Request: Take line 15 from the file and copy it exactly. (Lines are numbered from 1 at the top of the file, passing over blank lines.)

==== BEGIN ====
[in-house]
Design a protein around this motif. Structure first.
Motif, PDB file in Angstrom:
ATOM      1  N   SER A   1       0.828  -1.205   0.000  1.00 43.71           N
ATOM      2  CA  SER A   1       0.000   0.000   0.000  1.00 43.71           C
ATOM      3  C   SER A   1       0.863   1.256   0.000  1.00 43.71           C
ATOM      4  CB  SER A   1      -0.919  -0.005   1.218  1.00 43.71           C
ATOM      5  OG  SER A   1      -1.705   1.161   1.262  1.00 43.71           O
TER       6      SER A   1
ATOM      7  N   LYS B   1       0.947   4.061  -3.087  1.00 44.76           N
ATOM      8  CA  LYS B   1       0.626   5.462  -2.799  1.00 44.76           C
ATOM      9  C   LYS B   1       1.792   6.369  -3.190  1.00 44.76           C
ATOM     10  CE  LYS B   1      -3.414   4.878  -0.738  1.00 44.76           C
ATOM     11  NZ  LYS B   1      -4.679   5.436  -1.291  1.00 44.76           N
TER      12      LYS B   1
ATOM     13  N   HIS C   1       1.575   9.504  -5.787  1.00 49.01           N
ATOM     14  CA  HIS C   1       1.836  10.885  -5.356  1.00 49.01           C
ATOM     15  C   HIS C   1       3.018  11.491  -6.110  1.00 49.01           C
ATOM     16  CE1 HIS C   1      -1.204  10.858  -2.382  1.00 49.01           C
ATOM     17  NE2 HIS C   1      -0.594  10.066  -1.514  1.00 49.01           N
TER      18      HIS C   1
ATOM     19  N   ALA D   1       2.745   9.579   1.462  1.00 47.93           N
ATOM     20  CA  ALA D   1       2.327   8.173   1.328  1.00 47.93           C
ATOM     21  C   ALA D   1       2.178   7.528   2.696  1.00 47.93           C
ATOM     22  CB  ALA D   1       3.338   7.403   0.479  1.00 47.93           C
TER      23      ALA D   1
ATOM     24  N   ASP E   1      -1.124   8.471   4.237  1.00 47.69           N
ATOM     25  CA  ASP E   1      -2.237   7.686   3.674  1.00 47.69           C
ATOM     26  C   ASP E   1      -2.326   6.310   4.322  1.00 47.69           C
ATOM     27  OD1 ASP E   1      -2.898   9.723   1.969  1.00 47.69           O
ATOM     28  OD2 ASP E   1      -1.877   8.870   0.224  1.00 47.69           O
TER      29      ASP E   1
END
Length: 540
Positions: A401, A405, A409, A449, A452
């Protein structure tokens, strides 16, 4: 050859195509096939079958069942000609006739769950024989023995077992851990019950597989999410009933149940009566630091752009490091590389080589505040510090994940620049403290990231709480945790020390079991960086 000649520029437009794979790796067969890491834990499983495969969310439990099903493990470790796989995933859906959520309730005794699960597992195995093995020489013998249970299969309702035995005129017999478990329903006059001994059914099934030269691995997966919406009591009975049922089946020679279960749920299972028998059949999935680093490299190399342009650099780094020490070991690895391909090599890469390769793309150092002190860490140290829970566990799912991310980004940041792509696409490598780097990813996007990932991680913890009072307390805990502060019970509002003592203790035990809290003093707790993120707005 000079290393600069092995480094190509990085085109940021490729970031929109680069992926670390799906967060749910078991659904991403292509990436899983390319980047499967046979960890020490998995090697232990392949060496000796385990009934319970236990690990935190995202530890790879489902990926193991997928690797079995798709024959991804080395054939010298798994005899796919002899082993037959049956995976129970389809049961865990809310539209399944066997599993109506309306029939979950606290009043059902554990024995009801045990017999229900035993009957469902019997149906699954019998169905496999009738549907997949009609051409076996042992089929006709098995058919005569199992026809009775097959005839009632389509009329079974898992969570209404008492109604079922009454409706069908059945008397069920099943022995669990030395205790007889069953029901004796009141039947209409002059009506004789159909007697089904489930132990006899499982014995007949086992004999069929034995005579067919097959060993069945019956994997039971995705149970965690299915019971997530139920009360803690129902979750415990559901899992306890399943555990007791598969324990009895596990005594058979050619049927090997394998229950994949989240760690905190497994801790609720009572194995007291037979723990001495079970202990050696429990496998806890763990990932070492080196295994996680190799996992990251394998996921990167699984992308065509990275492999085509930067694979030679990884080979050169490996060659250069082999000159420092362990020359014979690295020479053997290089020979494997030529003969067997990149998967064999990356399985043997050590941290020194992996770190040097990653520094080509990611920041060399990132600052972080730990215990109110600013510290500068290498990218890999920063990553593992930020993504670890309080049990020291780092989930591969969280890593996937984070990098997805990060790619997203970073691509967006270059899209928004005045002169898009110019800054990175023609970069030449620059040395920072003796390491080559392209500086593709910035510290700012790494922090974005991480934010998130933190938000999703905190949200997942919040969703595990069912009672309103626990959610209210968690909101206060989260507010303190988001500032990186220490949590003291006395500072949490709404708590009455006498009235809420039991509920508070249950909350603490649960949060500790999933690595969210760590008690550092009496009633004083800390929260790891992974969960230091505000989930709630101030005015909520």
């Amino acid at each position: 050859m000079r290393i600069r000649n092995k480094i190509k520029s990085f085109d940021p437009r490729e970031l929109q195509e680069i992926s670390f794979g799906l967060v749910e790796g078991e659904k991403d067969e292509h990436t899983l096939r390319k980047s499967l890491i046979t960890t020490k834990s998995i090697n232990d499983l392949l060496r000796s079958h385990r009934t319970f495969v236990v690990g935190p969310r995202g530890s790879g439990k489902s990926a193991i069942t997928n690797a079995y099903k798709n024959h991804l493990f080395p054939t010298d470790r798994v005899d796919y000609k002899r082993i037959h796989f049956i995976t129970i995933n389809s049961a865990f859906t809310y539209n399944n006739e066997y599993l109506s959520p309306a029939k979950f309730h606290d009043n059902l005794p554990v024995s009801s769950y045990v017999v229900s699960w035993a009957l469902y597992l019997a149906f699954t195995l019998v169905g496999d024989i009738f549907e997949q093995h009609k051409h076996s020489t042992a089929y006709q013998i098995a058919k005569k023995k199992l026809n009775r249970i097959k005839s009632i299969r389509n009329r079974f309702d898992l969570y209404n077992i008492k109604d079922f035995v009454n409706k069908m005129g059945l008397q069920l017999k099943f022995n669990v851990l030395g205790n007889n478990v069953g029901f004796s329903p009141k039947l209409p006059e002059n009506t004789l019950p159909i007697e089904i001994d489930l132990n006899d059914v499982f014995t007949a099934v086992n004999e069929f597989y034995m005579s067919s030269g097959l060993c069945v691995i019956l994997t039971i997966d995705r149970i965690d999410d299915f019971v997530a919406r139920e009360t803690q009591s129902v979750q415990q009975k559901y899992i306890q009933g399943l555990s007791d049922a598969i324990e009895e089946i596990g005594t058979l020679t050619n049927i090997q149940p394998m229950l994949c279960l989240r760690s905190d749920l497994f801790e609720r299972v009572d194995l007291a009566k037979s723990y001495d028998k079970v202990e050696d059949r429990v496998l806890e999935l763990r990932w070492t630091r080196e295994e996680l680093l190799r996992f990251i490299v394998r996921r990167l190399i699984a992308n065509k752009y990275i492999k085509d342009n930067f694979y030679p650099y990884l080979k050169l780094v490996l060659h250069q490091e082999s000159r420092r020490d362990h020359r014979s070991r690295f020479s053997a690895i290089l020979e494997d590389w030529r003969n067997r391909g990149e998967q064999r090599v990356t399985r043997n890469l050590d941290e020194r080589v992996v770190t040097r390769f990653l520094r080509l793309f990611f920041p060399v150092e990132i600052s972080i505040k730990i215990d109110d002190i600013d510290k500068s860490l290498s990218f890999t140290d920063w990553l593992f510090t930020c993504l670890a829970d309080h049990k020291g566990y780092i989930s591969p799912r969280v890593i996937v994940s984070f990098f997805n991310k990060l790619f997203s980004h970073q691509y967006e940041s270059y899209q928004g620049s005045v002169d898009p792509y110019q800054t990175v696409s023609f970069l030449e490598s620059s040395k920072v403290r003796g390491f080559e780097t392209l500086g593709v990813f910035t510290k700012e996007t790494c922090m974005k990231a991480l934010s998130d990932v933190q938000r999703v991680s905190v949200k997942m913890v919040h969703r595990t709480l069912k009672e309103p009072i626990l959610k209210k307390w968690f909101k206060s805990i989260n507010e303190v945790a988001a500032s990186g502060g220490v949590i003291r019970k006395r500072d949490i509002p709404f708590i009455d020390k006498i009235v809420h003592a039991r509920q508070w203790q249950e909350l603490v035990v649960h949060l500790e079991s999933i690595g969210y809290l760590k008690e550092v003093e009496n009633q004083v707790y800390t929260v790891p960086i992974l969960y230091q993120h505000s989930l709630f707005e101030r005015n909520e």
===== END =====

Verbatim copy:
TER      12      LYS B   1